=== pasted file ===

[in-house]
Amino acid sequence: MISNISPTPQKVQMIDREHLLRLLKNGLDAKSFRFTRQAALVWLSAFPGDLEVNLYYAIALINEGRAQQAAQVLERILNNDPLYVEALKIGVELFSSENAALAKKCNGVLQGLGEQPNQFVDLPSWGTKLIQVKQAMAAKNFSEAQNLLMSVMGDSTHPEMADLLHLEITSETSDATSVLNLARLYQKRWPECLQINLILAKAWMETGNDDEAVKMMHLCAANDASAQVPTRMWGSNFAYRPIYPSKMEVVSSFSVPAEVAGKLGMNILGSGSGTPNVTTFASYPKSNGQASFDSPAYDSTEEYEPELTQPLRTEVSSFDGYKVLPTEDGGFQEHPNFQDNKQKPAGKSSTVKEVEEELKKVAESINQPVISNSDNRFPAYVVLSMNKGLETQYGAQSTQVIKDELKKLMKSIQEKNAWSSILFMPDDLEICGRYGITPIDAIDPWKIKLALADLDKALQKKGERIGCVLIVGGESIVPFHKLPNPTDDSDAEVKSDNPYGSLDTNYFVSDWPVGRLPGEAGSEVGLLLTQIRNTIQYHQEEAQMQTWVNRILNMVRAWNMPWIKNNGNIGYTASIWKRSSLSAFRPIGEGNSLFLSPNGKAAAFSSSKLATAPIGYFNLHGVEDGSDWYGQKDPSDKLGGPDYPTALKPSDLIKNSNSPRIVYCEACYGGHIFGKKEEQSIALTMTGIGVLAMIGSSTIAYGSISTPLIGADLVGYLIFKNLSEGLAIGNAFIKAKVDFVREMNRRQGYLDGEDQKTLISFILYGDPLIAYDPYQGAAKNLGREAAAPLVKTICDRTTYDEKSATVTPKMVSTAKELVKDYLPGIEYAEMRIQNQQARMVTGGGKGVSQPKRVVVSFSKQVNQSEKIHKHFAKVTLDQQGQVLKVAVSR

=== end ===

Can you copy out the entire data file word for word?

[in-house]
Amino acid sequence: MISNISPTPQKVQMIDREHLLRLLKNGLDAKSFRFTRQAALVWLSAFPGDLEVNLYYAIALINEGRAQQAAQVLERILNNDPLYVEALKIGVELFSSENAALAKKCNGVLQGLGEQPNQFVDLPSWGTKLIQVKQAMAAKNFSEAQNLLMSVMGDSTHPEMADLLHLEITSETSDATSVLNLARLYQKRWPECLQINLILAKAWMETGNDDEAVKMMHLCAANDASAQVPTRMWGSNFAYRPIYPSKMEVVSSFSVPAEVAGKLGMNILGSGSGTPNVTTFASYPKSNGQASFDSPAYDSTEEYEPELTQPLRTEVSSFDGYKVLPTEDGGFQEHPNFQDNKQKPAGKSSTVKEVEEELKKVAESINQPVISNSDNRFPAYVVLSMNKGLETQYGAQSTQVIKDELKKLMKSIQEKNAWSSILFMPDDLEICGRYGITPIDAIDPWKIKLALADLDKALQKKGERIGCVLIVGGESIVPFHKLPNPTDDSDAEVKSDNPYGSLDTNYFVSDWPVGRLPGEAGSEVGLLLTQIRNTIQYHQEEAQMQTWVNRILNMVRAWNMPWIKNNGNIGYTASIWKRSSLSAFRPIGEGNSLFLSPNGKAAAFSSSKLATAPIGYFNLHGVEDGSDWYGQKDPSDKLGGPDYPTALKPSDLIKNSNSPRIVYCEACYGGHIFGKKEEQSIALTMTGIGVLAMIGSSTIAYGSISTPLIGADLVGYLIFKNLSEGLAIGNAFIKAKVDFVREMNRRQGYLDGEDQKTLISFILYGDPLIAYDPYQGAAKNLGREAAAPLVKTICDRTTYDEKSATVTPKMVSTAKELVKDYLPGIEYAEMRIQNQQARMVTGGGKGVSQPKRVVVSFSKQVNQSEKIHKHFAKVTLDQQGQVLKVAVSR